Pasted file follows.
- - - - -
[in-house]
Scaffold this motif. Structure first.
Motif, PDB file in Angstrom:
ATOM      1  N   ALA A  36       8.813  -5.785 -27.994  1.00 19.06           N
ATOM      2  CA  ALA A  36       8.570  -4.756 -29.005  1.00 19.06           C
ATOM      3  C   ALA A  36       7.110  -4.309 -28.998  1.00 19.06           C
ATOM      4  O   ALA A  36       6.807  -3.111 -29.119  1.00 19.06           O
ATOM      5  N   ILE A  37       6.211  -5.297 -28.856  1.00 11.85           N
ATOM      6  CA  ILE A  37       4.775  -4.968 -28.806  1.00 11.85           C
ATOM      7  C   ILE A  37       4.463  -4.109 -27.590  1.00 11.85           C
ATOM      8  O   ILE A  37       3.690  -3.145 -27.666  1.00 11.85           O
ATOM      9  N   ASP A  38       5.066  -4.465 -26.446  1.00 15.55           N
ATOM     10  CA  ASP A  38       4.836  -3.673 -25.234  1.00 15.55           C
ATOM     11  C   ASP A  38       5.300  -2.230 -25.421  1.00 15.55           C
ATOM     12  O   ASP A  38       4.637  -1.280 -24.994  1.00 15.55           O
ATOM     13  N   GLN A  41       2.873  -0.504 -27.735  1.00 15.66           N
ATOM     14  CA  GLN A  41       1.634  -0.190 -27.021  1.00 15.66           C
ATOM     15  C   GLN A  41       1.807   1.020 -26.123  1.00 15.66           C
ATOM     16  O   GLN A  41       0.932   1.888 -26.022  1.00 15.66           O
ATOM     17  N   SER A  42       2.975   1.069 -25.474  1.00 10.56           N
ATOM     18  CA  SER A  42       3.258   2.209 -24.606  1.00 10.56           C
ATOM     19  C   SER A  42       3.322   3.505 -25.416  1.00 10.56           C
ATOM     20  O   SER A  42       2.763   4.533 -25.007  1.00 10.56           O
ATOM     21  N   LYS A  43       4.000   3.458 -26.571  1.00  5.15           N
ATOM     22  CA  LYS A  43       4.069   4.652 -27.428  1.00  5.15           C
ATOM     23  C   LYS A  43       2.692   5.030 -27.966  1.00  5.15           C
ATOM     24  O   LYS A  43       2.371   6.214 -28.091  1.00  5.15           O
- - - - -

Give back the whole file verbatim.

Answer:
[in-house]
Scaffold this motif. Structure first.
Motif, PDB file in Angstrom:
ATOM      1  N   ALA A  36       8.813  -5.785 -27.994  1.00 19.06           N
ATOM      2  CA  ALA A  36       8.570  -4.756 -29.005  1.00 19.06           C
ATOM      3  C   ALA A  36       7.110  -4.309 -28.998  1.00 19.06           C
ATOM      4  O   ALA A  36       6.807  -3.111 -29.119  1.00 19.06           O
ATOM      5  N   ILE A  37       6.211  -5.297 -28.856  1.00 11.85           N
ATOM      6  CA  ILE A  37       4.775  -4.968 -28.806  1.00 11.85           C
ATOM      7  C   ILE A  37       4.463  -4.109 -27.590  1.00 11.85           C
ATOM      8  O   ILE A  37       3.690  -3.145 -27.666  1.00 11.85           O
ATOM      9  N   ASP A  38       5.066  -4.465 -26.446  1.00 15.55           N
ATOM     10  CA  ASP A  38       4.836  -3.673 -25.234  1.00 15.55           C
ATOM     11  C   ASP A  38       5.300  -2.230 -25.421  1.00 15.55           C
ATOM     12  O   ASP A  38       4.637  -1.280 -24.994  1.00 15.55           O
ATOM     13  N   GLN A  41       2.873  -0.504 -27.735  1.00 15.66           N
ATOM     14  CA  GLN A  41       1.634  -0.190 -27.021  1.00 15.66           C
ATOM     15  C   GLN A  41       1.807   1.020 -26.123  1.00 15.66           C
ATOM     16  O   GLN A  41       0.932   1.888 -26.022  1.00 15.66           O
ATOM     17  N   SER A  42       2.975   1.069 -25.474  1.00 10.56           N
ATOM     18  CA  SER A  42       3.258   2.209 -24.606  1.00 10.56           C
ATOM     19  C   SER A  42       3.322   3.505 -25.416  1.00 10.56           C
ATOM     20  O   SER A  42       2.763   4.533 -25.007  1.00 10.56           O
ATOM     21  N   LYS A  43       4.000   3.458 -26.571  1.00  5.15           N
ATOM     22  CA  LYS A  43       4.069   4.652 -27.428  1.00  5.15           C
ATOM     23  C   LYS A  43       2.692   5.030 -27.966  1.00  5.15           C
ATOM     24  O   LYS A  43       2.371   6.214 -28.091  1.00  5.15           O